Oogachaga is a name adapted from a song which the dancing baby in Ally McBeal danced to. Just like that popular TV character, some of us may have parts of our being that we have kept secret, and that eventually pop up and call us to face them. Oogachaga, then, is an apt name for a community-based counselling organisation: launched in Singapore more than 15 years ago, it offers support to LGBTI persons in a country where "a piece of law still reinforces the idea that the whole community is not accepted." We spoke to the organisation's former executive director, Bryan Choong, to learn more about Oogachaga's work and their recent involvement in the Universal Periodic Review of Singapore.
How did you become an activist for the human rights of LGBTI people? Has there been a specific moment that made you decide you wanted to be involved in first person?
It all started more than ten years ago, in 2005. I was introduced to Oogachaga by a friend who was participating in an organisation's support group: I had known him for a while, and he was probably one of the few persons who knew I am gay. I wouldn’t say I needed a support group, but I was just happy to meet people and have friends around me who could have accepted me for who I am, and so I went.
After attending that support group, I was asked to facilitate conversations in the group, but the real change arrived only a few months later, when a few of us went to an LGBTI conference in Bangkok. That was the first time I could meet other people who were running LGBTI programmes, and see first-hand a lively conversation happening about the many ways society can be helped understand LGBTI issues. That was the real turning point for me.
Oogachaga is mainly doing counselling, but has also grown to form a whole community around itself. How does the organisation work?
Basically, what we try and do is use our expertise in counselling and community service to produce something useful, may it be a report for the Universal Periodic Review or a series of YouTube educational videos about sexuality.
Oogachaga began as a support group, and later started offering counselling and community services. During the early years, we realised that running workshops on sexual health and HIV prevention appealed only to a small group of people, and we added more and more topics, such as support for persons who were about to come out. We talked about how to socialise, how to go on a date and, of course, how to be protected from STIs: these workshops became part of a sort of life-stage program.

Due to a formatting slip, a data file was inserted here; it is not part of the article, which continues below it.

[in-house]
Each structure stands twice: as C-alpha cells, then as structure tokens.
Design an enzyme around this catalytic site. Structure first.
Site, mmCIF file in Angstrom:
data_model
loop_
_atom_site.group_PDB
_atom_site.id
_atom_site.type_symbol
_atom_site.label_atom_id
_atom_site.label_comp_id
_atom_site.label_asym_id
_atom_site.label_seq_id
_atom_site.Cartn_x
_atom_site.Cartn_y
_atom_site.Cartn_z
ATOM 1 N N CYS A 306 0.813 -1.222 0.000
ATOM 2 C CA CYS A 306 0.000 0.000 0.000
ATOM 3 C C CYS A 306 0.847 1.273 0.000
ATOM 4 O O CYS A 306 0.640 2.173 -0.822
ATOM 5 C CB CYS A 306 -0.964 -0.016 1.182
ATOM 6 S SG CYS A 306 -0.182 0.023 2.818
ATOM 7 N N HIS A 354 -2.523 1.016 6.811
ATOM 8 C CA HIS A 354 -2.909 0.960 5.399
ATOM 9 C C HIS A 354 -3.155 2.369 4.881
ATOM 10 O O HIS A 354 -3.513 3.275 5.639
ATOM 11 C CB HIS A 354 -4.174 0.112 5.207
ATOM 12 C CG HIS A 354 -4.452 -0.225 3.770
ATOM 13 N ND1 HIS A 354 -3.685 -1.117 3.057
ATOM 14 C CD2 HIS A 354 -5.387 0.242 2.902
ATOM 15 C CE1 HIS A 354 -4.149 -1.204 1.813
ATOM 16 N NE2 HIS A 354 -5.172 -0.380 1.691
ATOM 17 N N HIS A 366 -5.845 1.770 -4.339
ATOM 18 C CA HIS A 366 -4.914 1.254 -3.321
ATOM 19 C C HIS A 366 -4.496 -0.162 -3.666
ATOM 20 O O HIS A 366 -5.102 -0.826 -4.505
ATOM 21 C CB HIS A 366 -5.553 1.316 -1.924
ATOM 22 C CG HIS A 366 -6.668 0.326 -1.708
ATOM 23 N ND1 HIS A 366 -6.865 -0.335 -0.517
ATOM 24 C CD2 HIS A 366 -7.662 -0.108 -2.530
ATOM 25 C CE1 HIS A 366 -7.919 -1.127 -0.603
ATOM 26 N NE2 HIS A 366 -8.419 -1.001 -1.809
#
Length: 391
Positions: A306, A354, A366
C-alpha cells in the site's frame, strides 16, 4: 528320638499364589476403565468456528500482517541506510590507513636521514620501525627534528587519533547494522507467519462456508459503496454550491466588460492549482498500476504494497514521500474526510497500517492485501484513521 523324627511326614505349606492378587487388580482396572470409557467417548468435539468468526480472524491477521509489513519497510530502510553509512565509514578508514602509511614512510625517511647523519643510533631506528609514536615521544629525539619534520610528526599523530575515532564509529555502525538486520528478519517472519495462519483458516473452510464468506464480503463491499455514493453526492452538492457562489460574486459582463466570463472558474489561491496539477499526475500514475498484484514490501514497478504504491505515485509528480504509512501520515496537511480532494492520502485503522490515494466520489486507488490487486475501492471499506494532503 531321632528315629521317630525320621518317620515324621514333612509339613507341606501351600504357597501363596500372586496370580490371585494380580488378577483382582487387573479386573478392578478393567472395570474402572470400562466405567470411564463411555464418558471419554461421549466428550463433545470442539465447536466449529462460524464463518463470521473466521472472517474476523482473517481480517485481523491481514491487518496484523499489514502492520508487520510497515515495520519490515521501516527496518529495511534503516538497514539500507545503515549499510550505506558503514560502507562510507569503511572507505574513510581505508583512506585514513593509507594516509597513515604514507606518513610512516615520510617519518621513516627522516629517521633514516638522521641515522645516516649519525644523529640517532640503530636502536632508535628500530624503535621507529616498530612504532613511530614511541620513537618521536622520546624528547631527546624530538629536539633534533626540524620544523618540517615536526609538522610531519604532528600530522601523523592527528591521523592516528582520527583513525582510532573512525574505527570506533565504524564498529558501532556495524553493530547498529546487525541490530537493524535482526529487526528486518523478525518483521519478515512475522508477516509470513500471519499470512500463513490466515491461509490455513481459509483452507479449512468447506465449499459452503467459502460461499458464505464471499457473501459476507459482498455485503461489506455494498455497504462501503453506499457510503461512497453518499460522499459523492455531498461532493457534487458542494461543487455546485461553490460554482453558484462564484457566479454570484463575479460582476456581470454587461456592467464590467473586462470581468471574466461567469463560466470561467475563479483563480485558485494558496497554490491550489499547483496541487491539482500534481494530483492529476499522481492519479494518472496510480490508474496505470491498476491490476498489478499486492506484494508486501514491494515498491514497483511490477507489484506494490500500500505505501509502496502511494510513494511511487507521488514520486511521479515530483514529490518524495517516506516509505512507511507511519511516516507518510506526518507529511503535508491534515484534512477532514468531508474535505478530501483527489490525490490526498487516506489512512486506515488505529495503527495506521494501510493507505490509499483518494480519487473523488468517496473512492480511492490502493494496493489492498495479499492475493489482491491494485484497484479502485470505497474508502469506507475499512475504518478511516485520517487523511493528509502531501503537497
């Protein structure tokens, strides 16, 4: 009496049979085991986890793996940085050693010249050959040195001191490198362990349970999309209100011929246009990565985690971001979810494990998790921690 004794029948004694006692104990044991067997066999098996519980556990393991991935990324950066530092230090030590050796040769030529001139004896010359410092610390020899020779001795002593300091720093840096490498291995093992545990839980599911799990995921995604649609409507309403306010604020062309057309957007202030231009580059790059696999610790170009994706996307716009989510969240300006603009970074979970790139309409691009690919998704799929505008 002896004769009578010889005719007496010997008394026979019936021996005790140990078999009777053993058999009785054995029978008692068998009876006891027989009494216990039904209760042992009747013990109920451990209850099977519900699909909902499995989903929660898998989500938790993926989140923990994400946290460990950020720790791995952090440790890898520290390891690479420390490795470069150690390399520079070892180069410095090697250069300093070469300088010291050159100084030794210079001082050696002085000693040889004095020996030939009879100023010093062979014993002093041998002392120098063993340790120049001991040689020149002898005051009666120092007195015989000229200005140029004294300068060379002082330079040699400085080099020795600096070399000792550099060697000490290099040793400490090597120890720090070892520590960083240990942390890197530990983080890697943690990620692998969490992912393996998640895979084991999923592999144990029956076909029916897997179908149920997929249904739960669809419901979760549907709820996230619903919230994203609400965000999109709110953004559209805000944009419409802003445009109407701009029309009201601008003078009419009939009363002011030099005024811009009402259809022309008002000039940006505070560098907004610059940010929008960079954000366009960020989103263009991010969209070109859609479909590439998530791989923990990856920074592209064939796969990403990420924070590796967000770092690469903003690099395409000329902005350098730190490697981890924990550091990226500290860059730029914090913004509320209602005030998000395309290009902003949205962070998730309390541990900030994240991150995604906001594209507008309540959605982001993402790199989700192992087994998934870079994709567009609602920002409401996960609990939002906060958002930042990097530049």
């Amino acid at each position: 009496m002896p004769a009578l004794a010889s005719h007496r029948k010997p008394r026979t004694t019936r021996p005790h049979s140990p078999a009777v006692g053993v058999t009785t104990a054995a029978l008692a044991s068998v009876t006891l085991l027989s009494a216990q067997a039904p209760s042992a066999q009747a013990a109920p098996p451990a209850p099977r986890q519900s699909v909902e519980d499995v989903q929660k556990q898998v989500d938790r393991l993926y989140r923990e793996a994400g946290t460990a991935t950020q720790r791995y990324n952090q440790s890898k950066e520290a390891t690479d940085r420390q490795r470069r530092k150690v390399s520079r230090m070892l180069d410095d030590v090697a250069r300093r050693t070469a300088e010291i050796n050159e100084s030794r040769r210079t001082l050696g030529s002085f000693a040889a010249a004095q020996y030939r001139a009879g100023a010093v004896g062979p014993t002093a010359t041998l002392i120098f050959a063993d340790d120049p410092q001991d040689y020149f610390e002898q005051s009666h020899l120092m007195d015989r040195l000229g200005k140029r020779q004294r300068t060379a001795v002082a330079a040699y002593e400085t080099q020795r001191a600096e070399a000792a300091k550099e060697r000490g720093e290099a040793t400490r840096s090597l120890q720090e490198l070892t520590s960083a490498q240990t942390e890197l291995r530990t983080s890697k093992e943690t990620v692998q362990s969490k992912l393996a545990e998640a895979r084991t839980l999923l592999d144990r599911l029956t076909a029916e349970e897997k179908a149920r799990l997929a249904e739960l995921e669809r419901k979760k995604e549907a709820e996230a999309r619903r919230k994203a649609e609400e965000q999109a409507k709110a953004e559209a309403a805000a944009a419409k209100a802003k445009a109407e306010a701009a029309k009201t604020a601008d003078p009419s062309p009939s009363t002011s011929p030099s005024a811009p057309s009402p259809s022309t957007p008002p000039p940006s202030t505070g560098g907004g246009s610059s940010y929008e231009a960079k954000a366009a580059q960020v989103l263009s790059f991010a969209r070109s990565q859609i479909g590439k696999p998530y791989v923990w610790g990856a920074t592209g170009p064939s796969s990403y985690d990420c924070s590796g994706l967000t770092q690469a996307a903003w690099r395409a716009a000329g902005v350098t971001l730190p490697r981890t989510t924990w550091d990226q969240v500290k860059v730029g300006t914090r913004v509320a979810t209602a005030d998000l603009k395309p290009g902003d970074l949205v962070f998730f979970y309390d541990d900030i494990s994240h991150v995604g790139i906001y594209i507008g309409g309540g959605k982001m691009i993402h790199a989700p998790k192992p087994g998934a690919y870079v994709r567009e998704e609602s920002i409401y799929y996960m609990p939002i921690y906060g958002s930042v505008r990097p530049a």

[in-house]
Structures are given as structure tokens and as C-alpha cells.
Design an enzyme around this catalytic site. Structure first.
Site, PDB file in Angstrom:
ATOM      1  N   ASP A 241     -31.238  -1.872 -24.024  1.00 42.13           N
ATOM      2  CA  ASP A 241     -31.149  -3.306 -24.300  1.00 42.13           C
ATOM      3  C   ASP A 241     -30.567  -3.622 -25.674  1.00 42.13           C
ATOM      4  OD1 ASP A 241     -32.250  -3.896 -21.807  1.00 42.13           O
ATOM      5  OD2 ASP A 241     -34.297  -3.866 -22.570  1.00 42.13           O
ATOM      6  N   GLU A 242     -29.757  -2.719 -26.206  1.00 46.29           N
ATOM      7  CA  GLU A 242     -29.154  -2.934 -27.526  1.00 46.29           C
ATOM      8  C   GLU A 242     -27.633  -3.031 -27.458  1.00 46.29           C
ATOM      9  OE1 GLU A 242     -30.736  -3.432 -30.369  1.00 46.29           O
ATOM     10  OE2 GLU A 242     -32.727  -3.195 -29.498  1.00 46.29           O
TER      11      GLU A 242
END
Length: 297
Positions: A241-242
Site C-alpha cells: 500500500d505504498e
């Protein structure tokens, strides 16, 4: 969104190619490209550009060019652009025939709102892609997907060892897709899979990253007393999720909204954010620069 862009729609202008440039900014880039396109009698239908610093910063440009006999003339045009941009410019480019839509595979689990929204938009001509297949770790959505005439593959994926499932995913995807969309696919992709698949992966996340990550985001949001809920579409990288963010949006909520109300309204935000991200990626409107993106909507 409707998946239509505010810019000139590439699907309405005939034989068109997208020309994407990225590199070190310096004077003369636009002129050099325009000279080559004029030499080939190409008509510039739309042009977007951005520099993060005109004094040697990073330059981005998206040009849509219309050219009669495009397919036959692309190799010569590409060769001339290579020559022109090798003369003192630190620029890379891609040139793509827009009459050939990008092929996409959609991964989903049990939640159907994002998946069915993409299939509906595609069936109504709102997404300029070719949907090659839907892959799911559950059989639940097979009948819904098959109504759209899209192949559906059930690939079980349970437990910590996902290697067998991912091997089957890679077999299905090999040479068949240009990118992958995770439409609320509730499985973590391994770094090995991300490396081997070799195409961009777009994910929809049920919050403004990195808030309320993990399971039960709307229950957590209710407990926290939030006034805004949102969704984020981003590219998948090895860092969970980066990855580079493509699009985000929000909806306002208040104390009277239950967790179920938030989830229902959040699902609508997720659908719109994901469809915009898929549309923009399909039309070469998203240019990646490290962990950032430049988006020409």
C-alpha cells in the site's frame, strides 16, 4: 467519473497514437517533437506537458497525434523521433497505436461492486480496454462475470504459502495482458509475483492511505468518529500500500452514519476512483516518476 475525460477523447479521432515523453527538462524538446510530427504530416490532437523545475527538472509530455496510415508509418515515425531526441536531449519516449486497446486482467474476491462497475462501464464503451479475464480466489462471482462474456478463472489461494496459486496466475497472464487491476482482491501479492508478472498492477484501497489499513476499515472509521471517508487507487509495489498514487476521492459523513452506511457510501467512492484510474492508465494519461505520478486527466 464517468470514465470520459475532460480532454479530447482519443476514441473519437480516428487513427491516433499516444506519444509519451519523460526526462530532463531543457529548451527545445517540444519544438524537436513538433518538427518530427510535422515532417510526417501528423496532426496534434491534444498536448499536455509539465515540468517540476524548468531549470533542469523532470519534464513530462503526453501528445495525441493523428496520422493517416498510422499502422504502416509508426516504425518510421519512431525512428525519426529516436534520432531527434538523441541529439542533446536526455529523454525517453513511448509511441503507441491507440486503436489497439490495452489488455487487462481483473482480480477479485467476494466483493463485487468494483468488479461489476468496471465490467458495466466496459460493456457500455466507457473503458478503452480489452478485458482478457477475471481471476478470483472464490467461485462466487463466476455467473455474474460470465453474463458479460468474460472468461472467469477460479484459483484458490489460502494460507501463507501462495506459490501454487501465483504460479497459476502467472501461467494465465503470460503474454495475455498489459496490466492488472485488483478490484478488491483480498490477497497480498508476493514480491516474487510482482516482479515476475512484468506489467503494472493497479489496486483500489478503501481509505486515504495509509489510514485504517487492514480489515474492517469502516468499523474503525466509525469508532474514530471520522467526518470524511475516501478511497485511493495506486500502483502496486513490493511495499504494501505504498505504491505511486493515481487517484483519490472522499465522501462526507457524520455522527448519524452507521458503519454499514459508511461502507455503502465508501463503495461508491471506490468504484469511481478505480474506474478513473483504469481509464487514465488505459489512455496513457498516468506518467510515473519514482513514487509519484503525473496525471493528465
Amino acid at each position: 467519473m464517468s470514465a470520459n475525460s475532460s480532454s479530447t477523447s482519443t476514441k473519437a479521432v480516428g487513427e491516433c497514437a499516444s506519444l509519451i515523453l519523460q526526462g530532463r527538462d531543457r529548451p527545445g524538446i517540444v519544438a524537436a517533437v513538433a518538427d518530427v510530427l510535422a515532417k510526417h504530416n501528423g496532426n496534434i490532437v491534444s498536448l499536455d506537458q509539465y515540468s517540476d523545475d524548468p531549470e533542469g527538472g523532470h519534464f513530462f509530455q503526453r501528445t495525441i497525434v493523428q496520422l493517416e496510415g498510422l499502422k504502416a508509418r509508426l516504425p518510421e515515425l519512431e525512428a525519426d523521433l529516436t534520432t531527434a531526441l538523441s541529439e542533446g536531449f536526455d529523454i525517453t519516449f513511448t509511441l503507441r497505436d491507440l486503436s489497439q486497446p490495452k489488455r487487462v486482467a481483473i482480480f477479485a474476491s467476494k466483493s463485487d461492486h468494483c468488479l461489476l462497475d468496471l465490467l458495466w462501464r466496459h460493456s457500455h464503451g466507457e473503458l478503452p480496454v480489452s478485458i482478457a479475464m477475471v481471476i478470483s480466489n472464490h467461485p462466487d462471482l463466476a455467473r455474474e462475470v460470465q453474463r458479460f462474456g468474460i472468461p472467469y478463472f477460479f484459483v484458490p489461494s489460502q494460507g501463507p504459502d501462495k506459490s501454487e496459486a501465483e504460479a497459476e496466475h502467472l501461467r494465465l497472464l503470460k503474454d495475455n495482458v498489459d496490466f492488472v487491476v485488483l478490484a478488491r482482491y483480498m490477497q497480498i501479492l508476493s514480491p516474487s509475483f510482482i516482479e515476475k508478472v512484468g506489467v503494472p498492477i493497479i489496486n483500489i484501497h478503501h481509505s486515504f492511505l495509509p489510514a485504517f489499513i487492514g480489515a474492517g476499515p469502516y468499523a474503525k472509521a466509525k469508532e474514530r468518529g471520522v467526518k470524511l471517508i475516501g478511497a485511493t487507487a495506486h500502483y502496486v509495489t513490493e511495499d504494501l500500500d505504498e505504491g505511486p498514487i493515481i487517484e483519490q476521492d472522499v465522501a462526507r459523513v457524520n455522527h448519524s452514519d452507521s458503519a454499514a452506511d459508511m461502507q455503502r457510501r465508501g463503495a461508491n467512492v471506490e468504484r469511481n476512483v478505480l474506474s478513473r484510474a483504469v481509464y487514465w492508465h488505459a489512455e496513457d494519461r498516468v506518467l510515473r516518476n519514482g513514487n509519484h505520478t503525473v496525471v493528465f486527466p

The "Ginger" counselling room at Oogachaga
We also partner with other social service organisations in addressing mental health, sex addiction and drug addiction issues, to support their work with the gay, bisexual and men who have sex with men (MSM) community in Singapore. We train social workers, counsellors and mental health professionals to better engage with LGBTI persons using their services, and we produced a number of resources they can use as a reference.
We are also working with corporations: as Singapore becomes a business centre in the Asia-Pacific region, more companies launch their internal initiatives for LGBTI employees. We support their activities and advise on how to make these programs culturally relevant for the local community.
Most of our programmes are oriented towards gay, bisexual men and MSM, but we also have a support group and hotline service for LBTI women. We also organise at least one event with our trans community partners every year to raise awareness about trans people’s issues.
What is your specific role at Oogachaga?
After volunteering there for four years, I became the group’s executive director in 2009. After helming the organisation for six years, I have recently stepped down: I am only focusing on a few projects at the moment, like providing training for social workers, counsellors and working with corporate partners.
Together with other activists, I have also been involved in the Universal Periodic Review on Singapore: it has been one of the most complex advocacy works we have committed to, and it lasted for more than a year. When it all started, back in 2014, we didn’t really know how to get involved in it as a civil society organisation, but then we decided to give our contribution and write a report with another organisation, PinkDot SG.